5 Entrepreneurship Myths Debunked

The information found on Kauffman Indicators of Entrepreneurship’s site: https://indicators.kauffman.org/ is quite interesting and intriguing.  It contradicts several widely-held ideas about entrepreneurship that many non-entrepreneurs hold.

Here are 5 common entrepreneurship myths that have been debunked by Ewing Marion Kauffman Foundation:

1. New Business Survival Rate

The Myth: Small businesses mostly fail in their first year of operations.

The Reality:  More than 75% of new businesses survive past their first anniversary. This rate has been surpassed since 1996. Even in the height of the last recession in 2007 to 2008, most new businesses survived.

Source: Kauffman Indicators of Entrepreneurship Survey 2017. Published January 2019

2. Startups as Employers

The Myth: Startups don’t employ workers other than the sole owner

The Reality: While the number of hires is reported as declining in recent years, in their first year, startups employ at least 4 workers. The US Small Business Administration’s Office of Advocacy in its 2018 Small Business Profile indicated that small businesses employ 47.5% of US workers.

Source: Kauffman Indicators of Entrepreneurship Survey 2017. Published January 2019

3. Who Starts Small Businesses

The Myth: The unemployed start most small business because they cannot find a job.

The Reality: Historically, over 70% of new businesses are started by opportunists, not by what Kauffman classifies as “necessity entrepreneurs.”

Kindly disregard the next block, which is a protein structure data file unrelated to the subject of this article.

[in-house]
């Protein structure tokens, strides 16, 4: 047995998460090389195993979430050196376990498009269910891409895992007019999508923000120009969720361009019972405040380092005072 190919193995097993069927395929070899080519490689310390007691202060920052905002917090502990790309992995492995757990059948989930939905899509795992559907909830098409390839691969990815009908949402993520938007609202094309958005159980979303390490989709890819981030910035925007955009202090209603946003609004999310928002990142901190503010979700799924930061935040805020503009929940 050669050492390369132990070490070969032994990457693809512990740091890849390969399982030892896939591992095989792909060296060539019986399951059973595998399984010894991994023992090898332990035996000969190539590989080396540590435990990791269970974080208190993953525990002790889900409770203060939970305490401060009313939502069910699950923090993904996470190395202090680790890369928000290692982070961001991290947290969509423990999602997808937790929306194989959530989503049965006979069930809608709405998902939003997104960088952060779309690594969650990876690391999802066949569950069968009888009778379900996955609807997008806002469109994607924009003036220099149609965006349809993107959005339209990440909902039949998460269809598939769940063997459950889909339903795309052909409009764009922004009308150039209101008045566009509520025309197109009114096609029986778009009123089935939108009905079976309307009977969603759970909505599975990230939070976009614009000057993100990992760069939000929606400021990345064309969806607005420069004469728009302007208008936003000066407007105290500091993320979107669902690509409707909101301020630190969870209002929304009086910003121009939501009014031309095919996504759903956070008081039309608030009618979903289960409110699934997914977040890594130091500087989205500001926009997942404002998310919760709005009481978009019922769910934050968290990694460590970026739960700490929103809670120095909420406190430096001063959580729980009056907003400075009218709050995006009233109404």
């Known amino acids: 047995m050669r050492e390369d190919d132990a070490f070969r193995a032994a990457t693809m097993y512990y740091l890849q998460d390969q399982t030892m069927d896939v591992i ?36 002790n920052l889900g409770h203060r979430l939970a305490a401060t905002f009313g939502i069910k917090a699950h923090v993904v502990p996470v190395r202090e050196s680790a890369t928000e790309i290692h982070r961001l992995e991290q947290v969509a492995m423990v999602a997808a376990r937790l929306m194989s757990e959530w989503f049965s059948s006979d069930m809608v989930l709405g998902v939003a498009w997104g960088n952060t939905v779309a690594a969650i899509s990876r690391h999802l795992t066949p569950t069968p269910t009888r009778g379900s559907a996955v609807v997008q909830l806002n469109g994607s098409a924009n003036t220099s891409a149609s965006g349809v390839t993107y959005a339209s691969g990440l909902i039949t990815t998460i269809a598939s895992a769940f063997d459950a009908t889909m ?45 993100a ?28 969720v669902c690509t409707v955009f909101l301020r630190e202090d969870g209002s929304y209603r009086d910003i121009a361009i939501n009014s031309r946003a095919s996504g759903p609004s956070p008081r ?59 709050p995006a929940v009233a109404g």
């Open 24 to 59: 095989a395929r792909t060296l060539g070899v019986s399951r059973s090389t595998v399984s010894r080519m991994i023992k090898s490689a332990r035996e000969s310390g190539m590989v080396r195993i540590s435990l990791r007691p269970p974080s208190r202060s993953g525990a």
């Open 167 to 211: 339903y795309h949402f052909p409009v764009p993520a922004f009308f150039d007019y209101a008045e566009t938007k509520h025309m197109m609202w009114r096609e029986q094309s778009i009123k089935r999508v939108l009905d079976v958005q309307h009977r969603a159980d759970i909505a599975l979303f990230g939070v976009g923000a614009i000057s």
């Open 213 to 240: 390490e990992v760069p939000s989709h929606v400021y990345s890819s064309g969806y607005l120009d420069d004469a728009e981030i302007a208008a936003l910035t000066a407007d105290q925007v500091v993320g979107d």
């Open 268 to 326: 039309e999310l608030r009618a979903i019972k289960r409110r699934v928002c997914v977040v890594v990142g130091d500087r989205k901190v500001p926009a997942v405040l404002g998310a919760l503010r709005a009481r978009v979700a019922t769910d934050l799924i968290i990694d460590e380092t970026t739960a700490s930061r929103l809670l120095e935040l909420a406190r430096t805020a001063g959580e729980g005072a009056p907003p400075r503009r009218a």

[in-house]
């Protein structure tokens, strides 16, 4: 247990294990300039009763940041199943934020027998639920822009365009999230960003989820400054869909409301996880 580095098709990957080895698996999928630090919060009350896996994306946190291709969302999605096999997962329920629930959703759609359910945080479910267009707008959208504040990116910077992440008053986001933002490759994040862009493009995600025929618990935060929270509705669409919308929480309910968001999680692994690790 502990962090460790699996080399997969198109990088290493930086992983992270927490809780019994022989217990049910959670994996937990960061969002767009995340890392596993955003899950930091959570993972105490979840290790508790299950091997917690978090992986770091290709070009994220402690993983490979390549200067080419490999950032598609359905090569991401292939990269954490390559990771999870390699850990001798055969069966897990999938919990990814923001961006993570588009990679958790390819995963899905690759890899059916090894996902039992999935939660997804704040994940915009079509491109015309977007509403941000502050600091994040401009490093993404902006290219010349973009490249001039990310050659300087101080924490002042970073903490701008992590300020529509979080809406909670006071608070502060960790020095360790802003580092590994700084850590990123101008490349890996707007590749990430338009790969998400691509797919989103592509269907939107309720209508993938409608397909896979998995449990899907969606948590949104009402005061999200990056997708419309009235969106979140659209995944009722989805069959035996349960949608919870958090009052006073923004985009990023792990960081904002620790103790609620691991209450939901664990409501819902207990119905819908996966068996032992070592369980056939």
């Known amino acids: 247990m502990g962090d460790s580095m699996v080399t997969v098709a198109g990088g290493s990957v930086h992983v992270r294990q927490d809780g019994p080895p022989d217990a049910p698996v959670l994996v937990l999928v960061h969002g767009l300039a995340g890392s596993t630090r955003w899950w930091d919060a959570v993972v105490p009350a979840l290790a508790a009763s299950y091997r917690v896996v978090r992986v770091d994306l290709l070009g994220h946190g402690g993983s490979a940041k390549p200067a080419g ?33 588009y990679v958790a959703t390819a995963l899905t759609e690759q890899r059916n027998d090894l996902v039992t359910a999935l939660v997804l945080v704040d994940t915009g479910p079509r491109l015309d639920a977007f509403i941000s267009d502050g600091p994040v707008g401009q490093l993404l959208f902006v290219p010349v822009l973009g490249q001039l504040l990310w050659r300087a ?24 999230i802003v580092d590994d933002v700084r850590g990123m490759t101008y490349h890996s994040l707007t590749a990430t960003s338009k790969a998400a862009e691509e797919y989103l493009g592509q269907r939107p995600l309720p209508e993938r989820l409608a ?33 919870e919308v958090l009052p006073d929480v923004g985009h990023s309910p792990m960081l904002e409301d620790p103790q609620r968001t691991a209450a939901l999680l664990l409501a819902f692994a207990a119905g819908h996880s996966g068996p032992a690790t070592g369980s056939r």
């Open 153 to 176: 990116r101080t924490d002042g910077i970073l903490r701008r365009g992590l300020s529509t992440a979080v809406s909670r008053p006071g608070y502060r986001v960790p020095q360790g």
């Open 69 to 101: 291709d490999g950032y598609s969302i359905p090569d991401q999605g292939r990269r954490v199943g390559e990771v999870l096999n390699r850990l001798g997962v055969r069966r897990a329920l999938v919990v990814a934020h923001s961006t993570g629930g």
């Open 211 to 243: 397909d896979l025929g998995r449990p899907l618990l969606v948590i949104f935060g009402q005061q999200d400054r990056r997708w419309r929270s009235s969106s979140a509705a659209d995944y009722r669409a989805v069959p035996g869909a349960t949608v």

Source: Kauffman Indicators of Entrepreneurship Survey 2017. Published January 2019

4. The Age of Startup Entrepreneurs

The Myth: Startups are for young people.

The Reality: Those under 34 are the least active as startup entrepreneurs. The other age groups are more active. Note the following table reports the average monthly rate of startups per 100,000 people by age group.

Source: Kauffman Indicators of Entrepreneurship Survey 2017. Published January 2019

5. Entrepreneurs and Education

The Myth: Entrepreneurs hold at least an MBA.

The Realty: Entrepreneurs’ level of education is varied. College graduates are the lowest source of entrepreneurs.

Source: Kauffman Indicators of Entrepreneurship Survey 2017. Published January 2019

While the study by Ewing Marion Kauffman Foundation does not detail the ongoing success nor the type of business started, it confirms my long-held belief entrepreneurs are the type of people that pull themselves up by the bootstraps and get things done.